Packing essentials:


European weather can be pretty tricky – one day it is bright and shining, and the next day it can rain! Make sure you check the weather forecast before stepping out every day ( / Carrying an umbrella would be prudent in May and June. We also swear by our all-weather jackets, which can work as a windcheater with a light fleece lining. Many travellers also carry water shoes to Croatia for two kind of protection – to save their feet from getting hurt by the rocky beaches and sea urchins!

Apart from this, being a country with abundant sun, shine, and sea, carrying a strong sunscreen lotion/spray, sunglasses, hat, walking shoes and rubber chappals is a must!


Survival tips:


  1. Water in Croatia is potable. If your immunity is strong (being an Indian has its advantages), then find the nearest tap and fill up your bottle! You need not waste your money on bottled water, which often can be more expensive than wine!
  2. Good news! Your chargers and plugs will work in Europe! There is no need to carry travel adapters to Europe.
  3. Find the nearest tourist information centre – don’t hesitate to ask your questions and pick up the brochures.
  4. Croatia’s vista is best seen from the top, and they have some great viewing points at forts atop every city. Try going during sunrise or sunset.
  5. Contrary to popular belief, Croatia is not all that cheap for meals. A good way to fill your stomach is to have the burek, croissant or other baked items at local bakeries. You can also shop at local supermarkets for groceries and prepare a meal instead of going out.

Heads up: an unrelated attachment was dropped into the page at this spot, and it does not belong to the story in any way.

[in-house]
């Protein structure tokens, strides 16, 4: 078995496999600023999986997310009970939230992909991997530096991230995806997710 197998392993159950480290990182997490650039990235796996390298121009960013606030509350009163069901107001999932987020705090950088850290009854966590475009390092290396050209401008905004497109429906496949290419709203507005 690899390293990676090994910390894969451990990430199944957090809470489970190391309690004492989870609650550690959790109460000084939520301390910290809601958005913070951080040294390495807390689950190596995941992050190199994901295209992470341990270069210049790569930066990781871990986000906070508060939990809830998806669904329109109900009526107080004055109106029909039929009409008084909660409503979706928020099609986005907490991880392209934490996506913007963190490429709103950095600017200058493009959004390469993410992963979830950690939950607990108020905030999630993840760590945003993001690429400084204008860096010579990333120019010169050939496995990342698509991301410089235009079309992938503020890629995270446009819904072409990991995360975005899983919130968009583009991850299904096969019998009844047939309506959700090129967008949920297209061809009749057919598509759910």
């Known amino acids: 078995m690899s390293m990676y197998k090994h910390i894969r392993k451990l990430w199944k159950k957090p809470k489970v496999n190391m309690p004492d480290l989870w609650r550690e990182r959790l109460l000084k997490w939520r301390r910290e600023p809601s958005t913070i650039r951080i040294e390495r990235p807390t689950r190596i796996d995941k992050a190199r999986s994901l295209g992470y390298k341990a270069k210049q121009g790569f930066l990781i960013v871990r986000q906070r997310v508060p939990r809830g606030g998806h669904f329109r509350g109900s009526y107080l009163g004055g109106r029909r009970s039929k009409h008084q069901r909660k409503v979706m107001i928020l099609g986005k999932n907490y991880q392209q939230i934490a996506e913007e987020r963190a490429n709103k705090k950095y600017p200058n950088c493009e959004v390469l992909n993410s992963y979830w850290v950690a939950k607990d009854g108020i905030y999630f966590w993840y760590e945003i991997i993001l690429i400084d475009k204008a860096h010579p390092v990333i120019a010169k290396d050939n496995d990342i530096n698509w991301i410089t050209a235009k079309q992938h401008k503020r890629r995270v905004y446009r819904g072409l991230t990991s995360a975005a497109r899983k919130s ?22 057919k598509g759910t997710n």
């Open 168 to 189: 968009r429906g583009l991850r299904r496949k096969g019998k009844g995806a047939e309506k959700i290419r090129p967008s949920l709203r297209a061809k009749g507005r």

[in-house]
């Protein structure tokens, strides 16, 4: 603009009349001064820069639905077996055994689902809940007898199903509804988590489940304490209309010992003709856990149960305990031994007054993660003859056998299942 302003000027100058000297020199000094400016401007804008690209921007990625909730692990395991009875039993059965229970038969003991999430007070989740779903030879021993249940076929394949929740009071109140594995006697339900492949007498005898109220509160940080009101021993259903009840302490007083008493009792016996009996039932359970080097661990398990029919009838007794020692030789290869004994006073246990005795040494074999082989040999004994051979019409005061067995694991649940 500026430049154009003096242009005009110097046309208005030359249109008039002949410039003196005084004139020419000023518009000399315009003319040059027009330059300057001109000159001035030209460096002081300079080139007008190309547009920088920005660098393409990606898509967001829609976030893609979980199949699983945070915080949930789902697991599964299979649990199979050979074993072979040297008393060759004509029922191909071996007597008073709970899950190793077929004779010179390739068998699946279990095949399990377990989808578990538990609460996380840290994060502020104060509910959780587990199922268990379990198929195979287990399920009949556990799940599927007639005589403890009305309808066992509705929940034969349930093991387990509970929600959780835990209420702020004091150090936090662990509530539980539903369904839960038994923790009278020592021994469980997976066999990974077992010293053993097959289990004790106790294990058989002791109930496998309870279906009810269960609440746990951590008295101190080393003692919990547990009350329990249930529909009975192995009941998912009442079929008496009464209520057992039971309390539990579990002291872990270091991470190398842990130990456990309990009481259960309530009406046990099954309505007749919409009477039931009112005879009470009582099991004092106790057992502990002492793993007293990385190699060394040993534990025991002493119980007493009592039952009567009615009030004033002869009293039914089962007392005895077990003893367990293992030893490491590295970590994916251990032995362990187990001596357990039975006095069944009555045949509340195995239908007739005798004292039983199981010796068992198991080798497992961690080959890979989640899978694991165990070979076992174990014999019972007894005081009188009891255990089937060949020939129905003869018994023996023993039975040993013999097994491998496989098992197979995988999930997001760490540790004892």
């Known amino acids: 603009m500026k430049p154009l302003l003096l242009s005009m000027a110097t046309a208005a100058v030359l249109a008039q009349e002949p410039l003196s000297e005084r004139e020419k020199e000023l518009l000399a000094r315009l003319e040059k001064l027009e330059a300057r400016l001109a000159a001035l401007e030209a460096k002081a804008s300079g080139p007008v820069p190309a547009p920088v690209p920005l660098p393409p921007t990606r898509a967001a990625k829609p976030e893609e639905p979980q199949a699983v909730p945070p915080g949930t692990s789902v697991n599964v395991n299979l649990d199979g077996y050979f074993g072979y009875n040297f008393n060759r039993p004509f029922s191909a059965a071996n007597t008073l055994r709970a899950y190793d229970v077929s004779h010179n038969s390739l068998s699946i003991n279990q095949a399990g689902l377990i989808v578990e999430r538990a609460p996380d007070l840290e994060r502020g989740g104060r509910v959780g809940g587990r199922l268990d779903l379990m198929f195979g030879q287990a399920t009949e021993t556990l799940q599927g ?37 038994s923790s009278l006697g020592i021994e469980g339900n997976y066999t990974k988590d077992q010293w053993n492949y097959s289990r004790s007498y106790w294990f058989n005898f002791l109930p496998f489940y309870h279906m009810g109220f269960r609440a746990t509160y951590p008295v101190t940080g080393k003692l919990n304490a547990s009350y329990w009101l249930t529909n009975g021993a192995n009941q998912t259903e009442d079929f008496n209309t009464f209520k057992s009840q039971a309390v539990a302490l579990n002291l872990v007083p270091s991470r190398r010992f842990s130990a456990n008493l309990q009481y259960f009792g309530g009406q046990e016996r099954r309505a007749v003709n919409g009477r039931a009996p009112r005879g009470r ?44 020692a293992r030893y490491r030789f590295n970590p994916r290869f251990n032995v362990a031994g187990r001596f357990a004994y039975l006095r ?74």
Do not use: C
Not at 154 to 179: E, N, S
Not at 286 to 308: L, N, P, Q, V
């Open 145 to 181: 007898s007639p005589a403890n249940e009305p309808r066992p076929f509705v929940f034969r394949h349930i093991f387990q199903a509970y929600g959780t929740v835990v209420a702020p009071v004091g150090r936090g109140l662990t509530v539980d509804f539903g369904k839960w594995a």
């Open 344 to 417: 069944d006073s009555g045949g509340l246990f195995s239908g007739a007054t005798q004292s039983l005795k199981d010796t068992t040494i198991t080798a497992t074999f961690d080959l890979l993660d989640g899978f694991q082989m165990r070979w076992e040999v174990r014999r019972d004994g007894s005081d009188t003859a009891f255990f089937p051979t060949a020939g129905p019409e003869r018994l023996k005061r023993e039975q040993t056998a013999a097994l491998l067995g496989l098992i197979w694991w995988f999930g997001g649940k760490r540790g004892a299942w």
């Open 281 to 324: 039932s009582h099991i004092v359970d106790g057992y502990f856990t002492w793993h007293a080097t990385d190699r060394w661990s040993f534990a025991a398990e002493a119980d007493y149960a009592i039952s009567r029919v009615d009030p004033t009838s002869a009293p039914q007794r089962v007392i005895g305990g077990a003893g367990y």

6. Eat fruits! I promise you, they’re amazing! You can find them at the supermarket or local bazaars.
  7. Raise your hand if you’re a vegetarian! Restaurants in Croatia are heavily influenced by Italian cuisine, so your pizzas and pastas will be found everywhere! And in case you don’t find a vegetarian option on the menu card at any restaurant, you can always ask the server to make something vegetarian (specify: without meat), I lucked out a couple of times doing this!
  8. Be fit! Be healthy! You’ll have to walk everywhere, and often climb lots of staircases.
  9. Have time to kill? Plant your derriere at the local cafes and sip on some coffee or beer! I love that about Europe!


Speak Croatian!


While most people speak and understand English in Croatia, it’s always polite (and sometimes a surprise) to greet the locals in their own language! Here are a few words we learnt there:


Good day        –           Dobar Dan [‘d’ pronounced as ‘the’] (used for saying hello!)

Thank you      –           Hvala ti

Good bye        –           Doviđenja [pronounced as dovi-jenya)]

Our route:                 Munich – Dubrovnik – Split – Hvar – Plitvice – Zagreb


We preferred going from south to north to save time and costs, as our next destination after Croatia was Slovenia (which is north of Croatia). Usually, the route from North to South (starting from Zagreb) is preferred, but from our experience, since Dubrovnik and Split have a lot of activities to do, we could utilize all our enthusiasm and initial energy at those places first. Plus, going against the crowd is always fun 🙂


I now proceed to write about our detailed itinerary, check out this link for it!

P.S.: If you are interested in creating a detailed itinerary customized to suit your needs, feel free to contact me on Facebook, Twitter, Instagram, Whatsapp or Bagpackerbear!